‘Indeed, it may be feared that recourse to private patronage in order to finance art, literature and science will gradually place artists and scholars in a relationship of material and mental dependence on economic powers and market constraints. In any case, private patronage may justify the abdication of public authorities, who use the pretext of the existence of private patrons to withdraw and suspend their assistance, with the extraordinary result the citizens still finance the arts and sciences through tax exemptions. Furthermore, they finance the symbolic effect brought to bear on them to the extent that the funding appears as an example of the disinterested generosity of the corporations. There is, in this, an extremely perverse mechanism which operates in such a way that we contribute to our own mystification . . .’
– Hans Haacke and Pierre Bourdieu, Free Exchange (1995)
1. Class Consciousness
For the philosopher and writer Jean-Paul Sartre, ‘bad faith’ (in French mauvaise foi) is primarily a moral failing to embrace our freedom arising from the conditions of the consciousness of self. However, this concept is from his early ‘existentialist’ philosophical work, before Sartre engaged with Marx and his proposition that consciousness is determined by class relations within the economic structure of a given society. For me, Sartre’s concept of bad faith comes to mind again and again when confronted with class consciousness, and in particular the consciousness of the middle classes.
The middle classes live a contradiction inherent to their position within capitalism. On the one hand, they define themselves as the moral yardstick by which every member of society, and not just the middle classes, is measured: economically (aspirational), legally (rule of law), politically (democratic), culturally (free expression); but at the same time they benefit from the vast and growing inequality that capitalism produces, which contrary to this morality creates not competition but monopoly, not free expression but censorship, not democracy but media manipulation, not transparency but corruption, and not distribution of wealth but its accumulation in the the fewest hands possible. Thus, the middle classes must, simultaneously, denounce that inequality, censorship, manipulation, corruption and accumulation as incompatible with their moral code, while at the same time refusing to denounce their systemic causes. From this comes the uniquely middle-class myth that capitalism can, if sufficiently and properly calibrated, produce ‘the best of all possible worlds’.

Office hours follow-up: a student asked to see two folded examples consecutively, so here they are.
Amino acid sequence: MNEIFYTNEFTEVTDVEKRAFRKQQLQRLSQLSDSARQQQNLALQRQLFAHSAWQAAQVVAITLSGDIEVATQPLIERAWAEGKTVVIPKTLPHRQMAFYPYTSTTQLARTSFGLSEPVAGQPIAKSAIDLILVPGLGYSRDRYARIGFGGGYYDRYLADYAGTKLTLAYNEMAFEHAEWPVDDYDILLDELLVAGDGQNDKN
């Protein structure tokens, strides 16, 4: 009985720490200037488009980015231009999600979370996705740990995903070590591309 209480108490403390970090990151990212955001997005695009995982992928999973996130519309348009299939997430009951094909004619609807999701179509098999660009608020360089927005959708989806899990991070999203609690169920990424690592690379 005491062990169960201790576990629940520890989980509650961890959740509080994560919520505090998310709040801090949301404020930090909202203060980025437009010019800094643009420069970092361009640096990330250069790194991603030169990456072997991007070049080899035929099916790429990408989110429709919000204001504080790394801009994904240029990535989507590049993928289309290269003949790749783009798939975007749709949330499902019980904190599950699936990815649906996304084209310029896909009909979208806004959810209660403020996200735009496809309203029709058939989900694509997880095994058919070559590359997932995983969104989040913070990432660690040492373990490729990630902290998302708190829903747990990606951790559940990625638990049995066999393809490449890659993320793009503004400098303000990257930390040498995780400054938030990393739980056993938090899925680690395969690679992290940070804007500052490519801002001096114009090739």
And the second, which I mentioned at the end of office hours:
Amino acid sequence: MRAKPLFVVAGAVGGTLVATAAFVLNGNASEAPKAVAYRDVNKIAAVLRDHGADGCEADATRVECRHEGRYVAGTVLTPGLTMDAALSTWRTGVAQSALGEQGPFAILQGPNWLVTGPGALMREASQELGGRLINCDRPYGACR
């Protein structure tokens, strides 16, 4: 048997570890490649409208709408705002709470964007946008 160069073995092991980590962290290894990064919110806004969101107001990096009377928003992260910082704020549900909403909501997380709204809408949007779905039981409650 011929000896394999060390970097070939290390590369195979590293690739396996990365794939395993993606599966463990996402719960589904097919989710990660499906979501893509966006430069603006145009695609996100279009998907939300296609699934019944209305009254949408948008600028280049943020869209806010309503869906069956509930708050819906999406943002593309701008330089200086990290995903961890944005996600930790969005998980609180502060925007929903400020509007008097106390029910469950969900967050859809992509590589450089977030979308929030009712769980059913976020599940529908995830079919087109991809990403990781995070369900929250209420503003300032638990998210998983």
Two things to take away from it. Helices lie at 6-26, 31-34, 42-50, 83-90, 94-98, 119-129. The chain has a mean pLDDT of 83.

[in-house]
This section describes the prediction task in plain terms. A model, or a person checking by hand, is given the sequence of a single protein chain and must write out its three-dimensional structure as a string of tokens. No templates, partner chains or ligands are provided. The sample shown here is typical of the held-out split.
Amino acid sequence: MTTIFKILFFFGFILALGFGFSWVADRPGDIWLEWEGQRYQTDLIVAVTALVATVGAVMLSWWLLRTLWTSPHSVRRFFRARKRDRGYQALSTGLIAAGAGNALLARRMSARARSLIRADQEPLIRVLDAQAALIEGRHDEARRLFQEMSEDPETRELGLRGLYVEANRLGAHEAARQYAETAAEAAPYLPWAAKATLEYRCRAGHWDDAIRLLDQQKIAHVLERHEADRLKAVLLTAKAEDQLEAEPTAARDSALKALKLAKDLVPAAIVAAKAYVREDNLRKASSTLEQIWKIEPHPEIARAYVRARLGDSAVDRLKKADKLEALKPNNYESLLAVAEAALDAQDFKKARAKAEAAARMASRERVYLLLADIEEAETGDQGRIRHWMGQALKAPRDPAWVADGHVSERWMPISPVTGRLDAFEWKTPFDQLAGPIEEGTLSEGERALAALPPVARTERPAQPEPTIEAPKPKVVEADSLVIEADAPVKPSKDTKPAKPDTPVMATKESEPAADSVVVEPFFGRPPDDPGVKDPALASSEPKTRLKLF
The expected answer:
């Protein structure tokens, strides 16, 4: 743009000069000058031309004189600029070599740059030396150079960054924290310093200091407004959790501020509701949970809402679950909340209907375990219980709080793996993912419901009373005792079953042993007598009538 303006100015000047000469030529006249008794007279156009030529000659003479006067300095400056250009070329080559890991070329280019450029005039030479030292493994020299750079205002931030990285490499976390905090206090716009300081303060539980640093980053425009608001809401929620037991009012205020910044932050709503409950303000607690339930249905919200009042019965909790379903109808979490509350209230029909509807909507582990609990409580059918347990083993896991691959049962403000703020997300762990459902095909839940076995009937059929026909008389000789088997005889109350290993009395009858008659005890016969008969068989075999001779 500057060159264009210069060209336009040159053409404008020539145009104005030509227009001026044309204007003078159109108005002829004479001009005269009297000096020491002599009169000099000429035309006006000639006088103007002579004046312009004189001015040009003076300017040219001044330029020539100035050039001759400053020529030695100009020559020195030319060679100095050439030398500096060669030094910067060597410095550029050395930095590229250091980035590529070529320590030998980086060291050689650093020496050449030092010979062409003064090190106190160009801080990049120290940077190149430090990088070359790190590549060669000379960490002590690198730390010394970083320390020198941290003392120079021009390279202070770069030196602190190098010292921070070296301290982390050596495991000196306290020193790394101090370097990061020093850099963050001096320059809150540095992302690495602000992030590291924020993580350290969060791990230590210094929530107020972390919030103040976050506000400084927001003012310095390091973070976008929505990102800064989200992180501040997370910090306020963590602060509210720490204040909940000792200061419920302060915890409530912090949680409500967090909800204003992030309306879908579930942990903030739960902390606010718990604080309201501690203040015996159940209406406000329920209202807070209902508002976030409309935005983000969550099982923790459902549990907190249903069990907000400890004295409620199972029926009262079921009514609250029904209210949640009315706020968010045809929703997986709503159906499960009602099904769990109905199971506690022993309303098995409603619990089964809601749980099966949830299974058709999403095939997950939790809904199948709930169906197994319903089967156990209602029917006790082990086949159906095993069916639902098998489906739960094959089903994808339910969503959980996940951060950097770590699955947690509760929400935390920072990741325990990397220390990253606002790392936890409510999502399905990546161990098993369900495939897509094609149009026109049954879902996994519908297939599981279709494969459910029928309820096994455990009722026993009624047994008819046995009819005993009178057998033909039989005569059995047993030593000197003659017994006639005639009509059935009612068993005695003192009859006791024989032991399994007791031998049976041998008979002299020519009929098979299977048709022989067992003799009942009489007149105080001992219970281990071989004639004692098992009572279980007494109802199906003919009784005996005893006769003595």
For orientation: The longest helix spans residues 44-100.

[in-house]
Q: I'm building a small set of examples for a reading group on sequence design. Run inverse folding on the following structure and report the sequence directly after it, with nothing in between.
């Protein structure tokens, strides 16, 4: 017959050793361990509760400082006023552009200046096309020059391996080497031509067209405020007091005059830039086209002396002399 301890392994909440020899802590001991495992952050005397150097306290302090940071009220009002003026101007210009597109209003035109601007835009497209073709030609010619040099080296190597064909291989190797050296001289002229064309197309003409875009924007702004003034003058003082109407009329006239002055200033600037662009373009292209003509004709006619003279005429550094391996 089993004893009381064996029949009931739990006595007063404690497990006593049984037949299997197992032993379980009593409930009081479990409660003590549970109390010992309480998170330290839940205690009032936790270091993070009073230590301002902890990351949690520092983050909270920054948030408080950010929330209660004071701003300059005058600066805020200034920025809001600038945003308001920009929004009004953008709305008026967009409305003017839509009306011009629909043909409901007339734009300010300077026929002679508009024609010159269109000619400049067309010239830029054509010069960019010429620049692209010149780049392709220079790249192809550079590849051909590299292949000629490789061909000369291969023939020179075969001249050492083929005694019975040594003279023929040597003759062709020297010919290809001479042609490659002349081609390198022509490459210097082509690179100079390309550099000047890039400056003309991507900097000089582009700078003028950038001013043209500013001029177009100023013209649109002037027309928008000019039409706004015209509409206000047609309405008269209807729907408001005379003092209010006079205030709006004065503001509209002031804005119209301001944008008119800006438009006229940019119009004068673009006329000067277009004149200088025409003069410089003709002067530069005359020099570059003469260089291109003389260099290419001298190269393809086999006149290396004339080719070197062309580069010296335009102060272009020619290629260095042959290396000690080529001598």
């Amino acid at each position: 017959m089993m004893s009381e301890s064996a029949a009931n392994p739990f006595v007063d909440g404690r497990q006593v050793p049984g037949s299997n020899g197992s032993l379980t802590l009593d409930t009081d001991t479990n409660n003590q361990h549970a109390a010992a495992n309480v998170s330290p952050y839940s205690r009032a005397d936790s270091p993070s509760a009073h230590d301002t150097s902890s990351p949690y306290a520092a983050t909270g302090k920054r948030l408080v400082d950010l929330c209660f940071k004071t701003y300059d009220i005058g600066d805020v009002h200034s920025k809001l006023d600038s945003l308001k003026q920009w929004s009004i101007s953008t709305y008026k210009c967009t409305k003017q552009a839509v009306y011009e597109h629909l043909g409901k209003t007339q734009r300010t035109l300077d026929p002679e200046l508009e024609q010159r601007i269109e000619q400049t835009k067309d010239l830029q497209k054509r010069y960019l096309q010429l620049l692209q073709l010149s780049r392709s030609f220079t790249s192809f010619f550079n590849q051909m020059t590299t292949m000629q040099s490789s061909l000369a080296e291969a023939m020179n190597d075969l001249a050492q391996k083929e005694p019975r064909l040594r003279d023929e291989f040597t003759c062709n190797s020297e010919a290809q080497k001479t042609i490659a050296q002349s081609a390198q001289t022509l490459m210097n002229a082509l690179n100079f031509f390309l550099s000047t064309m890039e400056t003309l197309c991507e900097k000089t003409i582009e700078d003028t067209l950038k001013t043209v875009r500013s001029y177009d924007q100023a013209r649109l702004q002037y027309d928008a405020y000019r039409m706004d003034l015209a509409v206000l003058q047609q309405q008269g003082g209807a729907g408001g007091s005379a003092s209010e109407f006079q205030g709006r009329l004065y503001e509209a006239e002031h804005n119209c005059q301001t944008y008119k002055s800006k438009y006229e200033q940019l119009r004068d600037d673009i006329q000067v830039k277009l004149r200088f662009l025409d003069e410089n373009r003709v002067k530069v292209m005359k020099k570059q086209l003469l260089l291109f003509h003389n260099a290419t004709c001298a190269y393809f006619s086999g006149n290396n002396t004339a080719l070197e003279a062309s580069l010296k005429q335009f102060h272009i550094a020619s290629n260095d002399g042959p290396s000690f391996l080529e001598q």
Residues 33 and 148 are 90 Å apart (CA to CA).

This bad faith, or self-deception, in which the middle classes are doomed to live by their position within capitalism, is perhaps nowhere more manifest than in the current housing crisis. On the one hand, the middle classes denounce the rise in homelessness, the demolition of social housing, the purchase of right-to-buy properties by professional landlords, and the investment in residential property purely as a commodity; while at the same time they benefit from the escalation in house prices as owner, investor and landlord, to the point where their investments are now earning them more money than their salaries, and refuse to vote, for instance, for any party or policy that threatens that investment. The same can be said about middle-class commitment to environmentalism. One the one hand, middle-class liberals want to reduce carbon emissions and attribute a moral fervour to the act of recycling; but, on the other, as the middle-class opposition to Brexit has demonstrated, they won’t countenance the fall in their standard of living consequent upon de-growth and the loss of GDP this would mean. This contradiction – which is unknown to the ruling class, which has no such moral scruples about the inequality that produces their wealth, or the working class, which is exploited by capitalism in order to produce that wealth – can only be lived by the middle classes through bad faith.
ASH has been confronted with examples of this recently among middle-class functionaries in the art and architecture worlds who believe themselves – I imagine sincerely – to be ‘activists’, ‘radicals’, ‘liberals’ (etc), struggling on the side of the poor, at least, if not exactly the working class (since the defining characteristic of middle-class consciousness is to deny the existence of class), while at the same time acting as the obedient flunkies of corporate interests. When not angrily denying this outright (‘how dare you accuse us of censoring you!’), the way they have justified this contradiction is with phrases about ‘building platforms for dialogue’, ‘working to make change from within’, and, of course, that old chestnut ‘speaking truth to power’. But the inconvenient truth is that you never speak truth to power – which is an idiotic phrase: power speaks to you; and to quote Bob Dylan: it doesn’t speak, it swears. And however much you deceive yourself into believing that you do, you don’t change the system from within: it changes you.